‘It just feels heavy-handed’ - independent businesses ordered off farm site by council
- Credit: Nick Butcher
Independent businesses based at a Norfolk farm are facing an uncertain future after being ordered off the site by the council.
North Norfolk District Council served an enforcement notice against several companies at the Beeches Farm in Tunstead due to an alleged breach of planning.
The landowner, Luke Paterson, and the business owners, have now appealed the notice, accusing the local authority of being 'heavy handed'.
Should they lose, seven businesses will have to leave their units on the farm – potentially forcing them to cease trading.
Mr Paterson, whose family has owned the farm since the 1970s, said: 'It just feels heavy-handed and unnecessary.
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'We were having open dialogue with the council on how to proceed with this, then all of a sudden that disappeared.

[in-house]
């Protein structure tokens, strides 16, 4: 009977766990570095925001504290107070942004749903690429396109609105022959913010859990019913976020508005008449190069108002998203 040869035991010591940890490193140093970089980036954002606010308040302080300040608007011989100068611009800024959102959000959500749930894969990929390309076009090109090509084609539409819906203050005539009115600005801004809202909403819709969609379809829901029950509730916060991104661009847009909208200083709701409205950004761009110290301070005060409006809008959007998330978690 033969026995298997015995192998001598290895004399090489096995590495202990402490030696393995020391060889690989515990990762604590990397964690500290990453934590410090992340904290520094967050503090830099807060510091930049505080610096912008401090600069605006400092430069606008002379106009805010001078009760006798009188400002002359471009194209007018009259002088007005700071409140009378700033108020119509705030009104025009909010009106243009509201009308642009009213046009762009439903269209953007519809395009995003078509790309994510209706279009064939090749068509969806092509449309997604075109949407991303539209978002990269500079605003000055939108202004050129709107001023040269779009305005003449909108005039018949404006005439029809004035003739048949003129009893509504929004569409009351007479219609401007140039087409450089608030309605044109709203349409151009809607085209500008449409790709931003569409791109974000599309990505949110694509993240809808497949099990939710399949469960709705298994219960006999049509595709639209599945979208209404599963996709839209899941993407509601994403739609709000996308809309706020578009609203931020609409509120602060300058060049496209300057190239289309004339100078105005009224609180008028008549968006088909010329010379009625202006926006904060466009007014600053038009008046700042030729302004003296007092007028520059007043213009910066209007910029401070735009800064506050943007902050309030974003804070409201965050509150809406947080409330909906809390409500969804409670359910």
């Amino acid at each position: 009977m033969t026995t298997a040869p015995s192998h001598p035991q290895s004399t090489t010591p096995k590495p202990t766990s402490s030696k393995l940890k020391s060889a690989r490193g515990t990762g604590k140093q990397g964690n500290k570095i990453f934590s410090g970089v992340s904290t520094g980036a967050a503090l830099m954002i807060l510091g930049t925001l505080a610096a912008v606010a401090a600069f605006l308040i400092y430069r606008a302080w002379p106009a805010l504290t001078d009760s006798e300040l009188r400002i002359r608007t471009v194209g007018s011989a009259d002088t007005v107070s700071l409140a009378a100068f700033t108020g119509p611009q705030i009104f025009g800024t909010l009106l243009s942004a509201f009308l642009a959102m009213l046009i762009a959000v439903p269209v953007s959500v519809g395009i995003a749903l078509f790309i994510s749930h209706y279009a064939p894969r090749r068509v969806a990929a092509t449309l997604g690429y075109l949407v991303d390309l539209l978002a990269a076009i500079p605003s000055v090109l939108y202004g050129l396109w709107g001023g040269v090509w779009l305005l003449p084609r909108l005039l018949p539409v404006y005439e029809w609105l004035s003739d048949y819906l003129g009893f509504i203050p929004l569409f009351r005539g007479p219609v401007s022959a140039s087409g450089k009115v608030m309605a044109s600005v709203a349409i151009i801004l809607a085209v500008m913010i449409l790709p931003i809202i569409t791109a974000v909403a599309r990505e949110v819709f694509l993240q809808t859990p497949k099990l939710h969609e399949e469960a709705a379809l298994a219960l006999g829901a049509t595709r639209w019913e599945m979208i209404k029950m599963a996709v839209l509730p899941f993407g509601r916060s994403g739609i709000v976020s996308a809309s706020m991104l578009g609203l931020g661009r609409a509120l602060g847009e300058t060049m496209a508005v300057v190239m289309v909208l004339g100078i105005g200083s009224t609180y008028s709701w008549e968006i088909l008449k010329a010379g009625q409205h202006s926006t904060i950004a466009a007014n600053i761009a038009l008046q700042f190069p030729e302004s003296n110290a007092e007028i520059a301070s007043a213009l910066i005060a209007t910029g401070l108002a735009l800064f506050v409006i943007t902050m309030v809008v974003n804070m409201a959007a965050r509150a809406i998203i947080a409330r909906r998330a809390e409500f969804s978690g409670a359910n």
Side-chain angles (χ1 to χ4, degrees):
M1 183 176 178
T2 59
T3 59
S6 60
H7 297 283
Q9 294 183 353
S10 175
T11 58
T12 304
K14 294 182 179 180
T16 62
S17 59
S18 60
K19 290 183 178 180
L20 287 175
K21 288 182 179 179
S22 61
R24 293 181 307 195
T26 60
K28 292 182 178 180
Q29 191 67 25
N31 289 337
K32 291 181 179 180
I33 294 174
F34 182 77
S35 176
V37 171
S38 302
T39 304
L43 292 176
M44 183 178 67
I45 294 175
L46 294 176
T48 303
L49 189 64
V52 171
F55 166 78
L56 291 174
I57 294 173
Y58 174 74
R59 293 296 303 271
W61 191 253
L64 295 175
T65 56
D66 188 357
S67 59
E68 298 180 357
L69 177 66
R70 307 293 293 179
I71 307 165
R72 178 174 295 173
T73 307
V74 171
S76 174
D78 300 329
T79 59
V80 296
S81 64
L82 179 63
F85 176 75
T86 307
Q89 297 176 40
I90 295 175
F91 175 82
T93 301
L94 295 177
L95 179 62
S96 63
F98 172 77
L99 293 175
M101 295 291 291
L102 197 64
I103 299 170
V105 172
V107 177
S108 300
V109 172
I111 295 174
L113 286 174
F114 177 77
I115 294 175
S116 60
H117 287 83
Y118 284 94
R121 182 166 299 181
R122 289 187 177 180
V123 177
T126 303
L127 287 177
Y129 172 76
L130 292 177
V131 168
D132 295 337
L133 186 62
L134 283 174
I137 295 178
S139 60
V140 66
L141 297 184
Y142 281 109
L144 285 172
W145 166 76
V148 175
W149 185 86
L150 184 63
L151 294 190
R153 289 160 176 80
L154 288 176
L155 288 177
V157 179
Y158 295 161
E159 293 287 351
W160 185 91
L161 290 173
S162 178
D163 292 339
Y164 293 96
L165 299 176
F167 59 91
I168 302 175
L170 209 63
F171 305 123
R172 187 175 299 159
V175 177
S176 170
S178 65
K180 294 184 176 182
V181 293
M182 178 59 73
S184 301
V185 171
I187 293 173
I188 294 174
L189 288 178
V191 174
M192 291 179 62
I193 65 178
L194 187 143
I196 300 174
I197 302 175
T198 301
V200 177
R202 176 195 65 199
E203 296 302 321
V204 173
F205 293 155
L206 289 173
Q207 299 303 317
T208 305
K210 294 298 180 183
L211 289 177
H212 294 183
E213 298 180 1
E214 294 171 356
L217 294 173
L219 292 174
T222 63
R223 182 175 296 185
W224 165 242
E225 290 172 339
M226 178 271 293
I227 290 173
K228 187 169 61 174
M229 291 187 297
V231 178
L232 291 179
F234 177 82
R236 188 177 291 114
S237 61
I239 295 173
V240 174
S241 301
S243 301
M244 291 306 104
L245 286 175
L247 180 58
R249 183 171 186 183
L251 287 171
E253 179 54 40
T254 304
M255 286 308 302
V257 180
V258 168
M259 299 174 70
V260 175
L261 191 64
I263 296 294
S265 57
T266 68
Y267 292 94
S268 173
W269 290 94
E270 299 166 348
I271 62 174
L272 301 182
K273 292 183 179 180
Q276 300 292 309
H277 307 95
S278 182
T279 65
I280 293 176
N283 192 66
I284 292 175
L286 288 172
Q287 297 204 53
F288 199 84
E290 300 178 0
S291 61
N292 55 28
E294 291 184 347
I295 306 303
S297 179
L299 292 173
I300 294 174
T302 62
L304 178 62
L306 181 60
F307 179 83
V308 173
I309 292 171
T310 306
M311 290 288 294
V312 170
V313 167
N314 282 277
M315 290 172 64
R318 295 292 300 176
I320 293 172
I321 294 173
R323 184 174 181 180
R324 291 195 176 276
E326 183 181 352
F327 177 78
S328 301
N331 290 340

'The next thing we know, a solicitor turns up with an enforcement notice.'
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The farm was served an enforcement notice by the council in April 2017.
Documents show that some of businesses applied for change-of-use permission for their units in March 2017 – prior to the notice being issued.
But each application was refused by the district council on June 15, 2017.
Mr Paterson added: 'It has been difficult for the smaller businesses because of the stress and anxiety of not knowing where the future lies.'
Clive Randall, whose son Kurk owns Wroxham Car Body Shop, said they could have to close if they are forced out of their unit.
'We had been in negotiations with Broadland High School to offer work placements,' he said. 'But that has been shelved because we don't know what is going to happen.'
The enforcement notice states an application for commercial uses of the land was initially sought in September 2015. However it was refused in January 2016. A subsequent appeal was dismissed by a planning inspector in November 2016.
A North Norfolk District Council (NNDC) spokesman said: 'The notices were served because it appeared to NNDC that the activities being undertaken on the site amounted to a breach of planning control, and that it was expedient and in the public interest for those activities to be appropriately regularised and controlled.'